In the middle of Lake Washington just across a bridge from Seattle sits a triple-A rated city that is sounding the alarm bells about its budget.

That municipality is Mercer Island, Wash., and it displays no signs of fiscal distress. Its economy hasn’t failed. Its jobs haven’t fled overseas. It’s a wealthy place — among the wealthiest in the nation with a median household income of more than $129,000 according to 2016 U.S. Census Bureau statistics. Yet the city has said it may have to slash services or terminate as much as 25% of its workforce. Public documents used the phrase “Houston, we have a problem.” Now the city of about 25,000 is in the midst of a public engagement effort and has convened a special committee to fix a looming structural imbalance.

A steadily-rising budget deficit projection is forcing the affluent community of Mercer Island, Wash. to make some choices.
A steadily-rising budget deficit projection is forcing the affluent community of Mercer Island, Wash. to make some choices.

That imbalance, the city said in a series of “frequently asked questions” posted to its website, starts out moderately next year and then grows sharply over the next few years. Beginning in 2019, the city is projecting a nearly $2 million operating budget gap, which is expected to increase to $7.4 million by 2024. The city has reserves, but said it has only managed to balance its budget the last several years because of a variety of fortuitous factors and cost-savings efforts. A flurry of building led to a “significant spike” in construction-related sales tax, accounting for half of the city’s sales tax revenues, for example.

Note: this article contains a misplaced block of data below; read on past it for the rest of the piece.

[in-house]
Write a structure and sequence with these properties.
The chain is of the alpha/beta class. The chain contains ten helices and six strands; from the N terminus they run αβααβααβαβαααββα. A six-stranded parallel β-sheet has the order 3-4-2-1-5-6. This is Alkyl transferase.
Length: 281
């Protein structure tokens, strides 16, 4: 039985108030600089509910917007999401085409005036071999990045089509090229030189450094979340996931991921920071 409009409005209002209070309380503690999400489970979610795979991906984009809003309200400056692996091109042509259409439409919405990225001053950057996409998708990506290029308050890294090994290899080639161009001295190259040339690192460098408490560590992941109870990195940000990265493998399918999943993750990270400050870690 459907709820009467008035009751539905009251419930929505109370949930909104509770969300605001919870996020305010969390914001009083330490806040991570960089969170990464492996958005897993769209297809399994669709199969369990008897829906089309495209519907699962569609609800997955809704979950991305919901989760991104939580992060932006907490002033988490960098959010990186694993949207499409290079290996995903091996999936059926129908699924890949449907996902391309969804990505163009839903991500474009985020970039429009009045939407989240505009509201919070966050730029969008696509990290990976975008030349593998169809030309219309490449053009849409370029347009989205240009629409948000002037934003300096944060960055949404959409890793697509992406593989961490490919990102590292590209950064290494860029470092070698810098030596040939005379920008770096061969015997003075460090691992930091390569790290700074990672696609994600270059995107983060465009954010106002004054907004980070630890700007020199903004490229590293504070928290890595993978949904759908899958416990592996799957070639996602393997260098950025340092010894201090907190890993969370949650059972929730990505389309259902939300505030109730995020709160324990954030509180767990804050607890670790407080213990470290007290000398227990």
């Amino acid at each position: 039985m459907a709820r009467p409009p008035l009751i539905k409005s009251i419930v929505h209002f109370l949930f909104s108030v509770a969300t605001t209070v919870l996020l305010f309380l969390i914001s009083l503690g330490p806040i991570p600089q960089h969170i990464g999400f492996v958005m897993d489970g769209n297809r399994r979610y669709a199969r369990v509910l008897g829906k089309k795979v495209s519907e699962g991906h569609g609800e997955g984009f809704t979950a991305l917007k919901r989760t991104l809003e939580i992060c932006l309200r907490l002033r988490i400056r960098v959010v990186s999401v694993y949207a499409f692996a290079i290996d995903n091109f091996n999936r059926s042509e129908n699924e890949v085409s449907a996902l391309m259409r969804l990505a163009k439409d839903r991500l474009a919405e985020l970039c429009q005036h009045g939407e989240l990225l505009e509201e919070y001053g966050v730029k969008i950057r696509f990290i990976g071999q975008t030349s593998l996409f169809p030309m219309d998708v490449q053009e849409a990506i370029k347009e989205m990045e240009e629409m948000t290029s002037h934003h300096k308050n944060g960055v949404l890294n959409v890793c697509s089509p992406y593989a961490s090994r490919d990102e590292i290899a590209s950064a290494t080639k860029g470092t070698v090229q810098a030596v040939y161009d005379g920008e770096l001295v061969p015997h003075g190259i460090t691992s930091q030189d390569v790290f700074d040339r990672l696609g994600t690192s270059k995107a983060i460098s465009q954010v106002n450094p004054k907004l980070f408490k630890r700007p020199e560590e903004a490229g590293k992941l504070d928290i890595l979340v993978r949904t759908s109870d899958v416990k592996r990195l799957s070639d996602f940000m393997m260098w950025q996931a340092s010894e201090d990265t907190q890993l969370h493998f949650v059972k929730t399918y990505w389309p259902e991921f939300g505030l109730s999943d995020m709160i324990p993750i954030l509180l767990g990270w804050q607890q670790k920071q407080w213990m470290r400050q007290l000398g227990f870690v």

“Simply put, annual revenue growth is not keeping pace with annual expense growth,” the city said in its FAQs. “Why not? The answer is that property taxes, which are the city’s largest revenue source, are capped by state law at 1% growth per year plus an allowance for ‘new construction,’ which equates to another 1% per year on average. As a result, property tax revenue grows only about 2% annually.”

“Expenses, on the other hand, are projected to grow 4-5% annually,” the explanation goes on. The city warns that if the imbalance isn’t addressed, the island’s citizens will feel the effects pretty soon.

“To maintain current service levels, which 80-85% of Island residents believe is ‘about right’ according to prior biennial citizen surveys, a new, ongoing revenue source is needed,” the city said. “Otherwise, significant service level cuts will be required beginning in 2019.”

“Without additional revenue to maintain current city services, the city estimates that 25% of its workforce, or 52 employees, will need to be cut over a 6 year period (2019-2024) to balance the budget,” the city detailed. “Most of the cuts would impact ‘non-essential’ services provided by the Parks & Recreation and Youth & Family Services Departments. However, all city departments would likely be impacted, including police and fire, given the magnitude of the projected deficits in 2019-2024.”

Washington State uses a “levy” system for its property taxes, which means that as property values rise local governments don’t reap a revenue windfall because taxing districts can collect only a set levy capped at that 1% growth. Sharp property tax growth since the end of the Great Recession, the city said, actually resulted in residents paying less: $1.08 per $1,000 of assessed value compared with $1.44 in 2013.